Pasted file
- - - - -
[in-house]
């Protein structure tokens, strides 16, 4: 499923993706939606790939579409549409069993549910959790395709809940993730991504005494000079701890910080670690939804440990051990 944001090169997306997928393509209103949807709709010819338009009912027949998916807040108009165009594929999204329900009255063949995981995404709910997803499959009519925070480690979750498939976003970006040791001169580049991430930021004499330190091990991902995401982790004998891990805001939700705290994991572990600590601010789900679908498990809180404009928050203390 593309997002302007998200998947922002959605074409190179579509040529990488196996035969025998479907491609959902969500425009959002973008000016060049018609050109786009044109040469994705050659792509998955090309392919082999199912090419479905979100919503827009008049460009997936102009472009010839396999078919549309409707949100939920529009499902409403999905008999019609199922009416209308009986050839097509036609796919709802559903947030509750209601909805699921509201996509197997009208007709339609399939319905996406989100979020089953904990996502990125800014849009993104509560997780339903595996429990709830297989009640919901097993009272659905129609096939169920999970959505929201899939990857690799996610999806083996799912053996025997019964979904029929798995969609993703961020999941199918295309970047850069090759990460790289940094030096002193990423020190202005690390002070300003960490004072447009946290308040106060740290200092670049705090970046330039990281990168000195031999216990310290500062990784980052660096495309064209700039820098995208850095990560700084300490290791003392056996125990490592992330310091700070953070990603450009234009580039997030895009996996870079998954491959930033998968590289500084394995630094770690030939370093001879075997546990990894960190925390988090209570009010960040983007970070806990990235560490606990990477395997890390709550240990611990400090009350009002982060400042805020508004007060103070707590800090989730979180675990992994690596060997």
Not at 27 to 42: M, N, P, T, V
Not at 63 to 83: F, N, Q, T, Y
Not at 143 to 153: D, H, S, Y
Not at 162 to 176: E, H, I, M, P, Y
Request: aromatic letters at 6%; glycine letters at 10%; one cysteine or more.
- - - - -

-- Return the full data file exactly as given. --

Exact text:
[in-house]
């Protein structure tokens, strides 16, 4: 499923993706939606790939579409549409069993549910959790395709809940993730991504005494000079701890910080670690939804440990051990 944001090169997306997928393509209103949807709709010819338009009912027949998916807040108009165009594929999204329900009255063949995981995404709910997803499959009519925070480690979750498939976003970006040791001169580049991430930021004499330190091990991902995401982790004998891990805001939700705290994991572990600590601010789900679908498990809180404009928050203390 593309997002302007998200998947922002959605074409190179579509040529990488196996035969025998479907491609959902969500425009959002973008000016060049018609050109786009044109040469994705050659792509998955090309392919082999199912090419479905979100919503827009008049460009997936102009472009010839396999078919549309409707949100939920529009499902409403999905008999019609199922009416209308009986050839097509036609796919709802559903947030509750209601909805699921509201996509197997009208007709339609399939319905996406989100979020089953904990996502990125800014849009993104509560997780339903595996429990709830297989009640919901097993009272659905129609096939169920999970959505929201899939990857690799996610999806083996799912053996025997019964979904029929798995969609993703961020999941199918295309970047850069090759990460790289940094030096002193990423020190202005690390002070300003960490004072447009946290308040106060740290200092670049705090970046330039990281990168000195031999216990310290500062990784980052660096495309064209700039820098995208850095990560700084300490290791003392056996125990490592992330310091700070953070990603450009234009580039997030895009996996870079998954491959930033998968590289500084394995630094770690030939370093001879075997546990990894960190925390988090209570009010960040983007970070806990990235560490606990990477395997890390709550240990611990400090009350009002982060400042805020508004007060103070707590800090989730979180675990992994690596060997």
Not at 27 to 42: M, N, P, T, V
Not at 63 to 83: F, N, Q, T, Y
Not at 143 to 153: D, H, S, Y
Not at 162 to 176: E, H, I, M, P, Y
Request: aromatic letters at 6%; glycine letters at 10%; one cysteine or more.